Tim Ferriss advocates delegating personal stuff to an outsourcer or Virtual Assistant, in pursuit of creating more time to work more efficiently remotely so that you can take a mini-retirement to pursue a dream.
In my previous blog post, I explored some issues of using overseas virtual assistants and why it’s a false economy to engage cheap overseas VA’s.
When you delegate it’s also important to first filter the tasks you are delegating so you are paying to get done what you need to get done and not waste resources because of laziness on your part.
A good VA is worth their weight in gold, but you have to set your expectations and parameters so they can work effectively for you and you get the outcome you want.
This includes giving them proper instructions and ‘what if… then’ instructions so that you don’t become a bottle-neck. The aim is to take ‘you’ out of the equation so that the VA is empowered to do and act appropriately.
A VA’s effectiveness is increased ten-fold if you share your bigger picture/vision so they can help you best work towards that vision too.
Giving imprecise and vague instructions will result in miscommunication, misunderstandings and you’ll end up frustrated and feeling the whole project is a failure.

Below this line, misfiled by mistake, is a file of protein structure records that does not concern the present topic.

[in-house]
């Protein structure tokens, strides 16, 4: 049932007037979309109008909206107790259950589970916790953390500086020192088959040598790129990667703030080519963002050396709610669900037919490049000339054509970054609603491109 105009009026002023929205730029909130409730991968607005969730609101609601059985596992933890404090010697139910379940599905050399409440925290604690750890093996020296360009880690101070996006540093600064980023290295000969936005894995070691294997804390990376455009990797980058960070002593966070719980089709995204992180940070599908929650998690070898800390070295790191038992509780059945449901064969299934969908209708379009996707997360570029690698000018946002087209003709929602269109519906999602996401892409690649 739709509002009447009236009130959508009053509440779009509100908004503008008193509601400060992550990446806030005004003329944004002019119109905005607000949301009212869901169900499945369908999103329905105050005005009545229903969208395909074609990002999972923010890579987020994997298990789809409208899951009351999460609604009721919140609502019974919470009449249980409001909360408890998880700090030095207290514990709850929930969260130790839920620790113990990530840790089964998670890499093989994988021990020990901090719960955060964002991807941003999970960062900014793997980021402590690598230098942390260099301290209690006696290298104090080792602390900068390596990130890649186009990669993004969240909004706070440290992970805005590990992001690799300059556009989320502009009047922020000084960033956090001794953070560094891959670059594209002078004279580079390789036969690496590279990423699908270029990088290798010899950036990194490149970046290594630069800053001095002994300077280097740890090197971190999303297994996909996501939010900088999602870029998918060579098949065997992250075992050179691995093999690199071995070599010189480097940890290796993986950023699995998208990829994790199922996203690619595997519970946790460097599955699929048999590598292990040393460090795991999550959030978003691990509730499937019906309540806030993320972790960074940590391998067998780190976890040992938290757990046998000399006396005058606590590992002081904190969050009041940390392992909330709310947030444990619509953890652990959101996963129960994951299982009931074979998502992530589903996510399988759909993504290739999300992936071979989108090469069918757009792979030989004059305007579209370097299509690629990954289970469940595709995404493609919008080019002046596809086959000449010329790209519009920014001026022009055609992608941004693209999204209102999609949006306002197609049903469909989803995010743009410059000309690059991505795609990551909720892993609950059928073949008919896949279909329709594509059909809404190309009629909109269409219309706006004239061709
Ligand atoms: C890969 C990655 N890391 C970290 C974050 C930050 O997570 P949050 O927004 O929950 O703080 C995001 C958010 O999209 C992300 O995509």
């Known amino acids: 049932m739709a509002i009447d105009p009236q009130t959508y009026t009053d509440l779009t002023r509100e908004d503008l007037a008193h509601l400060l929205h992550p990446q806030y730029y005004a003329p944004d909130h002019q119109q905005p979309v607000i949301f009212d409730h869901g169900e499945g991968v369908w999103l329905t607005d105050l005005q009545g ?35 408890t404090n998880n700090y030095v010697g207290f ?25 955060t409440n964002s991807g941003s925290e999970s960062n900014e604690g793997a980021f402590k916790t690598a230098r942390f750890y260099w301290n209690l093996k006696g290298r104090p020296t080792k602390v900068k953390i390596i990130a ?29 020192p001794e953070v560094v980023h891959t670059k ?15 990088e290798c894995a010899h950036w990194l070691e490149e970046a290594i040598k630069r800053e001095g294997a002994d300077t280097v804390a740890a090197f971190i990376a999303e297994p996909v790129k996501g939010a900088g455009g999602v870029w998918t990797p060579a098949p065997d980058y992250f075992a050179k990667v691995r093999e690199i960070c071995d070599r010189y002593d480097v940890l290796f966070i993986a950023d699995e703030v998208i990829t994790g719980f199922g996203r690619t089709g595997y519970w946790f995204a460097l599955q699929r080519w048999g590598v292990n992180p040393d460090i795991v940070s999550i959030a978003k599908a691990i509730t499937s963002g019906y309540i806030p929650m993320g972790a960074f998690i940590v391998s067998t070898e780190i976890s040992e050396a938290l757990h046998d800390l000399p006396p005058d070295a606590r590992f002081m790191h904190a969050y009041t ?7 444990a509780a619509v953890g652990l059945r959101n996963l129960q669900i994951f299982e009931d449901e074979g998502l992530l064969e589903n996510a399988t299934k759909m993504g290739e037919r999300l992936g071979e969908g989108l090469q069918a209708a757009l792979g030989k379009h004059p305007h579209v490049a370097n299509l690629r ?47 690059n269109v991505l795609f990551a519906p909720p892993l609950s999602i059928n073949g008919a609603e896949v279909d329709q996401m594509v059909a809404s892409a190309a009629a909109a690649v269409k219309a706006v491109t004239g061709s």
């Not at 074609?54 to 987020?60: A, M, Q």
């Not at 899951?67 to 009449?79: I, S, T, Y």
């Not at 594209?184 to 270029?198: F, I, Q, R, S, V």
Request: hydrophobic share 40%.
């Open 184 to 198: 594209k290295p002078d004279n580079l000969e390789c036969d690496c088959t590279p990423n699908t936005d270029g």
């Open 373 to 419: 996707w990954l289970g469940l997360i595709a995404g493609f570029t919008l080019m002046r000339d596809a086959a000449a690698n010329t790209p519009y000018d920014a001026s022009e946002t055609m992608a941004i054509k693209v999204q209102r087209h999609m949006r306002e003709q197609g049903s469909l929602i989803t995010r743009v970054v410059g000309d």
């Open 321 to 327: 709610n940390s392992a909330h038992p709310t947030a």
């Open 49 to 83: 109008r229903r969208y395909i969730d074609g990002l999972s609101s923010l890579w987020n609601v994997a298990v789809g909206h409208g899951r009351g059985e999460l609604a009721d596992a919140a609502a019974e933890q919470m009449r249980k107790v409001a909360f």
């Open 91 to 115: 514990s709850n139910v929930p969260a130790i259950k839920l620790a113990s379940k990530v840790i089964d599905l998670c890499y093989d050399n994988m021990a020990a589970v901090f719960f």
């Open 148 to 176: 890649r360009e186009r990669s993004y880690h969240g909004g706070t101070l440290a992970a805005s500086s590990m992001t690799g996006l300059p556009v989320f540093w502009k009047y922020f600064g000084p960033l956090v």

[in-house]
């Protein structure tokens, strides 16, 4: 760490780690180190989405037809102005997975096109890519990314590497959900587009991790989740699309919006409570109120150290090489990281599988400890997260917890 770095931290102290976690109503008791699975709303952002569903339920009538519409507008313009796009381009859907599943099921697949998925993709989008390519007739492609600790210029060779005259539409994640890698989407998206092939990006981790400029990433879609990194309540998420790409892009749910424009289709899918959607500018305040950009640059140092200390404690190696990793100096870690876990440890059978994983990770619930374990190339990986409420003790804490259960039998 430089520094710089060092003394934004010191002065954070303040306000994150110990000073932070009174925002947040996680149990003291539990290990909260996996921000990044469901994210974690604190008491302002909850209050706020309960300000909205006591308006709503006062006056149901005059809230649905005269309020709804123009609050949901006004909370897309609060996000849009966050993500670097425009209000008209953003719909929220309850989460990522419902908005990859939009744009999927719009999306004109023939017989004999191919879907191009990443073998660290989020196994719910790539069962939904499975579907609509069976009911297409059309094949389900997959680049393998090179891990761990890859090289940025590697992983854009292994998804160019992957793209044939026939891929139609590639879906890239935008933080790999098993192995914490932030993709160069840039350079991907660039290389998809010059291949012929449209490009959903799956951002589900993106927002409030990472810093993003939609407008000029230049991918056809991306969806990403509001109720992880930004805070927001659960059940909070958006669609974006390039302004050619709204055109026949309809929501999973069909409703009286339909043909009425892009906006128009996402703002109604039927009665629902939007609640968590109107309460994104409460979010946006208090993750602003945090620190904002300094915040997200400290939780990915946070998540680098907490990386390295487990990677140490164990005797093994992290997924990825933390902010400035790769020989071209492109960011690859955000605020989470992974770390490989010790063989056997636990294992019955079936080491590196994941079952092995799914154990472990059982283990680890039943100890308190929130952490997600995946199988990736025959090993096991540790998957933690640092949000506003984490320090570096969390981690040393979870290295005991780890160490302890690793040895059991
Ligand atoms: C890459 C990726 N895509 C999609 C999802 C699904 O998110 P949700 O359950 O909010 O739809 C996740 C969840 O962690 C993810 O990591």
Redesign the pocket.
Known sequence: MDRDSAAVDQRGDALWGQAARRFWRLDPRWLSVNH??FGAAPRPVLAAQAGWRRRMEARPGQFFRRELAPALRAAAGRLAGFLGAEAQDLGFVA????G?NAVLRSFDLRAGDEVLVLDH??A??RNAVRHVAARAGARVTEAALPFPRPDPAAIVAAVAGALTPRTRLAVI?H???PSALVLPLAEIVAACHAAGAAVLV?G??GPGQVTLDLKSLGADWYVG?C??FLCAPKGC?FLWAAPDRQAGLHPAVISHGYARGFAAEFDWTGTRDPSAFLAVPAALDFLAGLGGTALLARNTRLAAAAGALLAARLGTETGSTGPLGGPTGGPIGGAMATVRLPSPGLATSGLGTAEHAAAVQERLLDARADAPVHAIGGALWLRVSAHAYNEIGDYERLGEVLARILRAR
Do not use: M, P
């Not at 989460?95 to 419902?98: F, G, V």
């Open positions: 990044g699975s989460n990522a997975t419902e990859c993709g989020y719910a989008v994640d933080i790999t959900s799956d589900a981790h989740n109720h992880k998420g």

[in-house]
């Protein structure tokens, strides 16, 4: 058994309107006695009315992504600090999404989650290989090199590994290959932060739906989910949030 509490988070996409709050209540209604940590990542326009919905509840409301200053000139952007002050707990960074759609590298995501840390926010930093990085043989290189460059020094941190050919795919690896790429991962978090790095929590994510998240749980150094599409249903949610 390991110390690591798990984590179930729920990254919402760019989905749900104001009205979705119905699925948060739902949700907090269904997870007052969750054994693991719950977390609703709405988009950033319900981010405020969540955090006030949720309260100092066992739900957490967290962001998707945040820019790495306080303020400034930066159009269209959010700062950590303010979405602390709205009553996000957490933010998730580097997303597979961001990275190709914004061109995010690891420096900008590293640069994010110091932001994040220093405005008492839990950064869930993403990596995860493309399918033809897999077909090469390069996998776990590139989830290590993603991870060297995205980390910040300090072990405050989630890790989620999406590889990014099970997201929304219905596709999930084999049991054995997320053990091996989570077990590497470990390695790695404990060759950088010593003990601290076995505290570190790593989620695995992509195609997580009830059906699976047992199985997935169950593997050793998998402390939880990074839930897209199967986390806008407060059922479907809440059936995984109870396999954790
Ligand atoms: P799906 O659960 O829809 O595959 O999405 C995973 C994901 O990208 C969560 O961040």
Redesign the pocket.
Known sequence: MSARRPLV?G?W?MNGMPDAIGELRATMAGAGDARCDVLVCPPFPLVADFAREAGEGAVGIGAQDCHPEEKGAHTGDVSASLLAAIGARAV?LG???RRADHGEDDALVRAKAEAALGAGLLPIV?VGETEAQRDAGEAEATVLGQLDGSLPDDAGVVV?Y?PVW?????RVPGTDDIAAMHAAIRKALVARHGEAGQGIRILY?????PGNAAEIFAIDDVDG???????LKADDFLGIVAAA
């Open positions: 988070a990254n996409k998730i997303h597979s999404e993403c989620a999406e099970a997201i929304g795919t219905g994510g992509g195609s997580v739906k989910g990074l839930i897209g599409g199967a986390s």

A good VA should ask these kind of questions when you first approach them and their failure to should set alarm bells ringing that they are perhaps novices or wannabes. When screening VA’s it doesn’t matter whether your first communication is by phone or email, how they respond is.
Was it timely? Is the standard of English acceptable? Did they respond in a way that made you feel they understood your communication? On the phone, did you have a rapport with them?
Some questions to ask:
- How quickly do they respond to requests
- Do they have capacity for more work
- What are their strengths
- What do they not like doing
- What’s their backup if they can’t work due to illness
- What hours are they available for you to contact them
- Do they use sub-contractors
- What is their client portfolio (do they have clients with similar needs to you)?
The next blog post covers muses – the vehicles you use to generate the extra money needed to fund the Big Dream.